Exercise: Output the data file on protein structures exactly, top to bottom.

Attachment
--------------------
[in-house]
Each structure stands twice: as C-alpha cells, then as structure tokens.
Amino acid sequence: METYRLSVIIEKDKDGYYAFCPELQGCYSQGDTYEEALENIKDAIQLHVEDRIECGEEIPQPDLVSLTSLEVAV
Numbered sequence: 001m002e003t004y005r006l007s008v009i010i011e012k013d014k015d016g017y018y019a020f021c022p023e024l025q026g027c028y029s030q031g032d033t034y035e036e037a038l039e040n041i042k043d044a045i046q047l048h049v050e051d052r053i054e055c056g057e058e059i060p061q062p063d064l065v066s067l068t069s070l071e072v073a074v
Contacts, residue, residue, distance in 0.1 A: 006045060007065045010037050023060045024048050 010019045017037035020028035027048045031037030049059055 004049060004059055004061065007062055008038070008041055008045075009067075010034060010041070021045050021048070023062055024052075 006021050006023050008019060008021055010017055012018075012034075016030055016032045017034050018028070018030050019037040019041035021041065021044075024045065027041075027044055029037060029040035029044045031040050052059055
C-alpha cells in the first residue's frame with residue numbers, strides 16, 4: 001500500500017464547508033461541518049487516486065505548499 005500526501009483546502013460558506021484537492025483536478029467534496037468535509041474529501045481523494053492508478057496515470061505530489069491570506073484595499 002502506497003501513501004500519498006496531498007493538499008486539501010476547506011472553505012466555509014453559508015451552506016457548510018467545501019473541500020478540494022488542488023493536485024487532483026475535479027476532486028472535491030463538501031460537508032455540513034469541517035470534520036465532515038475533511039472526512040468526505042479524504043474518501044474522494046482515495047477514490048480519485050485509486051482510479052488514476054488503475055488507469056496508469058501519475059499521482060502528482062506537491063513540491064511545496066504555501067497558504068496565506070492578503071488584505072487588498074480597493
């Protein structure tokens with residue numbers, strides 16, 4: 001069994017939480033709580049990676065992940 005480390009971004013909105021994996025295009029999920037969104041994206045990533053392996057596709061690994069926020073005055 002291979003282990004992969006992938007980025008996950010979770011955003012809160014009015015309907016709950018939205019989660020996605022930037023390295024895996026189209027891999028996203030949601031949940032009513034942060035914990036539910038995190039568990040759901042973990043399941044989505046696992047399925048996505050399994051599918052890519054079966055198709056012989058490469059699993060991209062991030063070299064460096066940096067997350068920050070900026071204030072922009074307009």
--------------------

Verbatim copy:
[in-house]
Each structure stands twice: as C-alpha cells, then as structure tokens.
Amino acid sequence: METYRLSVIIEKDKDGYYAFCPELQGCYSQGDTYEEALENIKDAIQLHVEDRIECGEEIPQPDLVSLTSLEVAV
Numbered sequence: 001m002e003t004y005r006l007s008v009i010i011e012k013d014k015d016g017y018y019a020f021c022p023e024l025q026g027c028y029s030q031g032d033t034y035e036e037a038l039e040n041i042k043d044a045i046q047l048h049v050e051d052r053i054e055c056g057e058e059i060p061q062p063d064l065v066s067l068t069s070l071e072v073a074v
Contacts, residue, residue, distance in 0.1 A: 006045060007065045010037050023060045024048050 010019045017037035020028035027048045031037030049059055 004049060004059055004061065007062055008038070008041055008045075009067075010034060010041070021045050021048070023062055024052075 006021050006023050008019060008021055010017055012018075012034075016030055016032045017034050018028070018030050019037040019041035021041065021044075024045065027041075027044055029037060029040035029044045031040050052059055
C-alpha cells in the first residue's frame with residue numbers, strides 16, 4: 001500500500017464547508033461541518049487516486065505548499 005500526501009483546502013460558506021484537492025483536478029467534496037468535509041474529501045481523494053492508478057496515470061505530489069491570506073484595499 002502506497003501513501004500519498006496531498007493538499008486539501010476547506011472553505012466555509014453559508015451552506016457548510018467545501019473541500020478540494022488542488023493536485024487532483026475535479027476532486028472535491030463538501031460537508032455540513034469541517035470534520036465532515038475533511039472526512040468526505042479524504043474518501044474522494046482515495047477514490048480519485050485509486051482510479052488514476054488503475055488507469056496508469058501519475059499521482060502528482062506537491063513540491064511545496066504555501067497558504068496565506070492578503071488584505072487588498074480597493
């Protein structure tokens with residue numbers, strides 16, 4: 001069994017939480033709580049990676065992940 005480390009971004013909105021994996025295009029999920037969104041994206045990533053392996057596709061690994069926020073005055 002291979003282990004992969006992938007980025008996950010979770011955003012809160014009015015309907016709950018939205019989660020996605022930037023390295024895996026189209027891999028996203030949601031949940032009513034942060035914990036539910038995190039568990040759901042973990043399941044989505046696992047399925048996505050399994051599918052890519054079966055198709056012989058490469059699993060991209062991030063070299064460096066940096067997350068920050070900026071204030072922009074307009």